Almost half of all Haitians are going hungry, according to the Integrated Food Security Phase Classification, or IPC report, for the country. Organizations large and small are investing in local farmers, local economies, and agroecology so that Haitians can feed themselves in the long term.
“Almost 5 million Haitians are food insecure and require immediate assistance. That’s about half of the population,” Jean Martin Bauer, the country director of Haiti for the World Food Programme (WFP) tells Food Tank.
The IPC report shows that Haiti has one of the highest levels of food insecurity in the world. And last year, WFP announced that the levels of hunger and malnutrition in Haiti reached levels never seen before.
Haiti is the poorest country in the Western hemisphere, the World Bank reports. Inflation is leading families to cut back on meals and farmers to cut back on seeds and fertilizers. And according to the Security Council Report, since the assassination of President Jovenel Moïse in 2021, Haiti’s government has deteriorated further.
In addition to political and economic stressors in Haiti, environmental degradation and the climate crisis are exacerbating the impact of natural disasters on Haiti’s agriculture sector. But the causes of food insecurity go much deeper, Cantave Jean-Baptiste, Director of Partenariat pour le Développement Local (PDL), tells Food Tank. “Hunger in Haiti is not an accident. It is a social and political production,” says Jean-Baptiste.
Jean-Baptiste has been working with smallholder farmers across the country to promote agroecology as a solution to hunger and poverty for four decades. He tells Food Tank that centuries of imperialism and neo-imperialism are enormous factors in Haiti’s current hunger crisis.
In 1825, after Haitians revolted and overthrew their French colonists, Haiti was forced to pay 150 millions francs—equivalent to US$21 billion dollars today—in reparations to France. The Haitian economy remained shackled to this debt for 150 years, and Haiti’s agricultural development was severely stunted as a result.
Haiti is also still dealing with the consequences of neoliberal trade policies from the 80s and 90s which crippled certain agricultural industries. In 1994, the International Monetary Fund forced Haiti to reduce their tariff on rice from 35 percent to 3 percent overnight.
“The rice sector has been stunted as a result of competition from low priced imports from overseas, and mostly the U.S.,” Bauer from the WFP tells Food Tank. “I think people realize, even those that made the decision, that it was a mistake. Because in 2010 after the earthquake, people saw that Haiti wasn’t able to feed itself anymore. Haiti has a long history of being self-sufficient. Until the 1980s Haiti was absolutely fine, until the 1980s Haiti was able to grow most of the foods it needed. But once the markets were opened to these low priced imports, Haitian farmers were crushed.”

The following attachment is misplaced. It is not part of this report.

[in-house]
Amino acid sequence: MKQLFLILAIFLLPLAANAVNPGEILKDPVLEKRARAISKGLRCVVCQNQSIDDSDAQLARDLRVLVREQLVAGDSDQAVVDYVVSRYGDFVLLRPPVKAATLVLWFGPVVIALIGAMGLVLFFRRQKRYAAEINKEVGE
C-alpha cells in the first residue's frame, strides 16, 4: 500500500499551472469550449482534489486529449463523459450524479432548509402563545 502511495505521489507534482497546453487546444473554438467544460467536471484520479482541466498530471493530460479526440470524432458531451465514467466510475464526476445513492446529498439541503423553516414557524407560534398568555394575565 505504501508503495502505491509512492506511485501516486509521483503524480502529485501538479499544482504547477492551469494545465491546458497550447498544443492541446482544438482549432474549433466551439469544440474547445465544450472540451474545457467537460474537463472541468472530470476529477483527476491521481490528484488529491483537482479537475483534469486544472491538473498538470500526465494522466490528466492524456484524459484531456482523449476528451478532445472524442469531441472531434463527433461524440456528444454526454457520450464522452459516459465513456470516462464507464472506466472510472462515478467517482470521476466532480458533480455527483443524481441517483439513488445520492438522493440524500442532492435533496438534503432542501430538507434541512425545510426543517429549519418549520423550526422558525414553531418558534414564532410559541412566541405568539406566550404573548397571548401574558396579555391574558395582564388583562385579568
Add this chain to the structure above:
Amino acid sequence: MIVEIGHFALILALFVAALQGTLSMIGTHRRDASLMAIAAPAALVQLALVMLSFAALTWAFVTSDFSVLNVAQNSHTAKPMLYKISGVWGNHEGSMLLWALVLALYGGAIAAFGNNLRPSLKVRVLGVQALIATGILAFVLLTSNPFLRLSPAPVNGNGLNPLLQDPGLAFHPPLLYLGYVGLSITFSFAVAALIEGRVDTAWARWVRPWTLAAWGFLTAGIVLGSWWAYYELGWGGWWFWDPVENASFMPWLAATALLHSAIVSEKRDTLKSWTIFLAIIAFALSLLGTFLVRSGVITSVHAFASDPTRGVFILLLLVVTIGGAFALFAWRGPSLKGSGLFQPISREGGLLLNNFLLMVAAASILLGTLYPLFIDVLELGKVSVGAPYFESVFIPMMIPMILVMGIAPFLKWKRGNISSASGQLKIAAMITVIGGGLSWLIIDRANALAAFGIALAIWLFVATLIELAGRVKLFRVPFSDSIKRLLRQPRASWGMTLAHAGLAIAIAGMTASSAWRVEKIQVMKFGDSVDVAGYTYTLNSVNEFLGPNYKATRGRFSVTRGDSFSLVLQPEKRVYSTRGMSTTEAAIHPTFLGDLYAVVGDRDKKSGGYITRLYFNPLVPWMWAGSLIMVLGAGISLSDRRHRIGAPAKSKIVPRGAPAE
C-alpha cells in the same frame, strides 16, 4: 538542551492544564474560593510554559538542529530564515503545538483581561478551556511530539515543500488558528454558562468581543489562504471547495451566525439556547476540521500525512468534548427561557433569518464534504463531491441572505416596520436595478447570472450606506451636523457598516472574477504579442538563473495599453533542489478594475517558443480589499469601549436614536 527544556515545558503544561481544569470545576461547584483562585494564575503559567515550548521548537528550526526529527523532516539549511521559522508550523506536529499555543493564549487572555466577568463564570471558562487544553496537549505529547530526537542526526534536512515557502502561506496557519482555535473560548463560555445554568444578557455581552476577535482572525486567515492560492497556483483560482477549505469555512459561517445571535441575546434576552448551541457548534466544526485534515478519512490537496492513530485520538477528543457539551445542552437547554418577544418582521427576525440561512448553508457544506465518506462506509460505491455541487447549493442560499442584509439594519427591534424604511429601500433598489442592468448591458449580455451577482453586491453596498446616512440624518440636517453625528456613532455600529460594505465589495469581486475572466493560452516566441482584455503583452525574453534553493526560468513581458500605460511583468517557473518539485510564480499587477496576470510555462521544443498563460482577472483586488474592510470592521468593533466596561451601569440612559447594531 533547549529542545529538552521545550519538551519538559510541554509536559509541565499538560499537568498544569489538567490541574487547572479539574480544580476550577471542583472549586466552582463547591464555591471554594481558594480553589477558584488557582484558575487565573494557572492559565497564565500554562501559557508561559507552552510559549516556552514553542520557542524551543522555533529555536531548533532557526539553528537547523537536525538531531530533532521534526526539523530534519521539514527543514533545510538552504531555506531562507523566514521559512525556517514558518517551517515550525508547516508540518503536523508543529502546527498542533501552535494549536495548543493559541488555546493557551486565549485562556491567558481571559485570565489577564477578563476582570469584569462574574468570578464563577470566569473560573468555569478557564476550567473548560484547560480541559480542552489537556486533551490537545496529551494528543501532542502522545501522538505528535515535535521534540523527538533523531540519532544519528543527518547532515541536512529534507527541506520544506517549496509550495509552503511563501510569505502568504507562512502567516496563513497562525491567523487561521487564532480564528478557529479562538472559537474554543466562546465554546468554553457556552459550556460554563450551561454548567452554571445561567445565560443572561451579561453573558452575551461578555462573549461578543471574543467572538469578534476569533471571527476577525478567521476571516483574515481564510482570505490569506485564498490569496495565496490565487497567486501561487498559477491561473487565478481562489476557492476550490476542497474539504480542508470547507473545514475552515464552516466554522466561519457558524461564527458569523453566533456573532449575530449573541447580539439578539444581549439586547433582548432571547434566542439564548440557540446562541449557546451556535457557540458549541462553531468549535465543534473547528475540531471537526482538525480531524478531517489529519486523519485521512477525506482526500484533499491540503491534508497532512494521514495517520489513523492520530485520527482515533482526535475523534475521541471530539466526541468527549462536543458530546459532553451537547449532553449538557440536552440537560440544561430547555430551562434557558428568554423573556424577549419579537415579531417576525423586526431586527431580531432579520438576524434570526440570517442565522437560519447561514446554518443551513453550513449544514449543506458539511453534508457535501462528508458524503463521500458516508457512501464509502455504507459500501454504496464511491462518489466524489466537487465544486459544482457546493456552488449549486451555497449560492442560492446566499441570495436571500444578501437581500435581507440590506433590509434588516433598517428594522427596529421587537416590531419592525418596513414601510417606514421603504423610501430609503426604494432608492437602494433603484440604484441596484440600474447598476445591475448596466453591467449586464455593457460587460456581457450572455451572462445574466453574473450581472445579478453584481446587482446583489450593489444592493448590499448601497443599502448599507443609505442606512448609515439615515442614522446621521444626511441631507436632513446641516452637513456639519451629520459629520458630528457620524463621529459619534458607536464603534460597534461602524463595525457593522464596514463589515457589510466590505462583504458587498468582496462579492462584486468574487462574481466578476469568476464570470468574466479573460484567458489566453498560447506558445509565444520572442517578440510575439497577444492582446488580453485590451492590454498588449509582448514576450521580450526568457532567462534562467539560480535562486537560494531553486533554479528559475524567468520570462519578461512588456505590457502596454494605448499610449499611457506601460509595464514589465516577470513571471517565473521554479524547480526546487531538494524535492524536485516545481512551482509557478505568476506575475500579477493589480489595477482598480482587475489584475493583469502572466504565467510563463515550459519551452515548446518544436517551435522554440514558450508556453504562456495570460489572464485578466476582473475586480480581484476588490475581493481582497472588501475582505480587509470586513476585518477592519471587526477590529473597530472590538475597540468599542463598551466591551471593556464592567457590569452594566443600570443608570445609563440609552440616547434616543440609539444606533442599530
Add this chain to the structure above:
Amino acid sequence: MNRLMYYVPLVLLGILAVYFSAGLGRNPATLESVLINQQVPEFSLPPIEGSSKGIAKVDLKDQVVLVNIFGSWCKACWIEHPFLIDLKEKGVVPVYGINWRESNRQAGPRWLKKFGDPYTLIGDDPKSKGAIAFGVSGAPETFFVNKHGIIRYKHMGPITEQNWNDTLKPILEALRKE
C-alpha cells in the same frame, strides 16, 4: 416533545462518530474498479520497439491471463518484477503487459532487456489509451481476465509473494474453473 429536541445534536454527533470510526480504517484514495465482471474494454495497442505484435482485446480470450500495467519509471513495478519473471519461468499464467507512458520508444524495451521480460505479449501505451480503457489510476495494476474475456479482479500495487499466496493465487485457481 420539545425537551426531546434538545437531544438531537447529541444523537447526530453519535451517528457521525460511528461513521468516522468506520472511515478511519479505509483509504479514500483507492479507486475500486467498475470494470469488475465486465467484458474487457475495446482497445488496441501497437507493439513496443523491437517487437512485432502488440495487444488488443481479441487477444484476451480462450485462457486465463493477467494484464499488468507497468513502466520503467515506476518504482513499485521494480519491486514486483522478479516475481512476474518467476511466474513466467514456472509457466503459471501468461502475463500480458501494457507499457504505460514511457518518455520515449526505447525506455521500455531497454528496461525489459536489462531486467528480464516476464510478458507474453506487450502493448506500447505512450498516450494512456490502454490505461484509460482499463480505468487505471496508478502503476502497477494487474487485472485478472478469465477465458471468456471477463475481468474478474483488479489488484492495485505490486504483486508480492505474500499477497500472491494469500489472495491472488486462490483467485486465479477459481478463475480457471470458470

But farmers, researchers, and humanitarians are implementing short- and long-term solutions to respond to the hunger crisis.
WFP works to take an approach grounded in community empowerment by providing people with funds to feed themselves. “School feeding aside, our programs are 92 percent cash,” Bauer tells Food Tank. “WFP is a big proponent of cash transfers in Haiti. We’ve learned that it’s a good way to boost the economy, to boost employment, to help retailers, food processors, and other parts of the food environment.”
Bauer believes that cash transfers are a “a great way to root our work in the local economy” that can help humanitarian organizations build resilient food systems in the long term.
“Humanitarian organizations must increasingly rely on the local economy to deliver assistance,” Bauer says. “This means working with local business, local processors, local retailers, and local farmers as well. If we can get these stakeholders to feed the community after a crisis then we’re headed in the right direction.”
Jean-Baptiste and other local organizations are also fighting for a self-sustaining and resilient food system that is not reliant on food aid. He has spoken in front of the United Nations and other international bodies about the need for funding to help Haitian farmers lead solutions themselves.
The Kombit mutual aid system is an opportunity for community members to collaborate, exchange agricultural goods and supplies. And Gwoupman, self-led solidarity groups, are leading activities including farmer experimentation and agroecological farming practices.
A study published by Groundswell international and Partenariat pour le Developpement Local finds that rural farmers in Haiti who engage in agroecology are more than twice as productive, more ecologically positive, and more food secure.
Jean-Baptiste tells Food Tank that in the face of the climate crisis and other challenges, short and long term, investing in local farmer organizations and agroecology is the best way forward. “It is true that the country is deforested. It is true that there are less and less rains every year. But for those farmers that adopt some key agro-ecological principles, they are better off than the rest of the population.”
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Photo courtesy of Claudia Altamimi, Unsplash